"Whatever you are, free yourself of your bonds and behold Vrindavan" (VMA 1.68)

pāpātmā puyavān vā prasarad-apayaśā kīrtimān vā mahā-du-
prāpa-grāso’tha samrā asama-jaa-mati sarva-vidyā-nidhir vā |
ya ko’pi tva sakhe no gaaya katham apīkasva vndāvana tat
chindhi chindhi sva-pāśān guru-nigama-girā svīya-mohaika-siddhān ||

Whether you are sinner or saint,
notoriously disreputable or effulgent with glory,
whether you have the greatest difficulty
in finding even a mouthful to eat
or are an emperor,
whether you are without equal in stupidity
or a veritable ocean of learning,
O friend, whoever or whatever you are,
take none of it into consideration,
just somehow behold this land of Vrindavan.
By faith in the instructions from your guru and the revealed texts
cut away, cut away at the ties that bind you,
ties that are nothing but the product of your illusion. (1.68)

One of the fundamental teachings of Vaishnavism is that no one is disqualified from taking up the devotional process. There are no preliminary prerequisite qualifications before one can start on the path of devotion, unlike those generally listed for eligible practitioners of the path of knowledge.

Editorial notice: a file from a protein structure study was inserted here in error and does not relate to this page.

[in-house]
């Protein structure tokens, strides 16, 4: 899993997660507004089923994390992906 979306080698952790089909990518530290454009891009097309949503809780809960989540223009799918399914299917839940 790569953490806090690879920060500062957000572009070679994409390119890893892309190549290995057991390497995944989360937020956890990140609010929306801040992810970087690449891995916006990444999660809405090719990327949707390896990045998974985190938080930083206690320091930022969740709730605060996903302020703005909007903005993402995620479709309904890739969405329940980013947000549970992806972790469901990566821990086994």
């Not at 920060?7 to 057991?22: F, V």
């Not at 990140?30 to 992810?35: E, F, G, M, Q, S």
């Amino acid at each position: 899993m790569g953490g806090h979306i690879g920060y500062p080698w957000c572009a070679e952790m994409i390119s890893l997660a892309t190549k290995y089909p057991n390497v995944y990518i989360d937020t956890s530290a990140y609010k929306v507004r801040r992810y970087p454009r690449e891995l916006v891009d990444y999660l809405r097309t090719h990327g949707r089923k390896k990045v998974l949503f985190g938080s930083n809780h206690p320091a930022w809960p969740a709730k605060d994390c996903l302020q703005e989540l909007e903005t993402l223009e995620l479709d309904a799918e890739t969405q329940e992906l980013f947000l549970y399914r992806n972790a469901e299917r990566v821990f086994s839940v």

Although one needs no qualifications to begin, the goal is to become qualified, for without becoming like unto God, no one can come close to God. 

There are similarly no qualifications for one to enter the bhauma Vrindavan other than good fortune, but to actually be in Vrindavan takes a tremendous change in consciousness. Being there physically helps, but living there is still a devotional practice or sādhanā meant for transforming the consciousness.

Sometimes people out of humility think they should not live in Vrindavan. Sometimes one hears them say that they are afraid of “committing offenses.” And rightly so. As long as one does not see the bhauma Vrindavan with the eyes anointed with the salve of divine love, one will be distracted by perceptions of things like filth and garbage. One will see the people who engage in sinful actions, acting materialistically instead of spiritually, and will judge them.

The disparity between the ideals of one’s imagined world and the reality of the this-worldly Vrindavan is a shock. But what can we expect? That is their conditioning. And moreover, oftentimes, the problems are due to cultural differences, another kind of perception.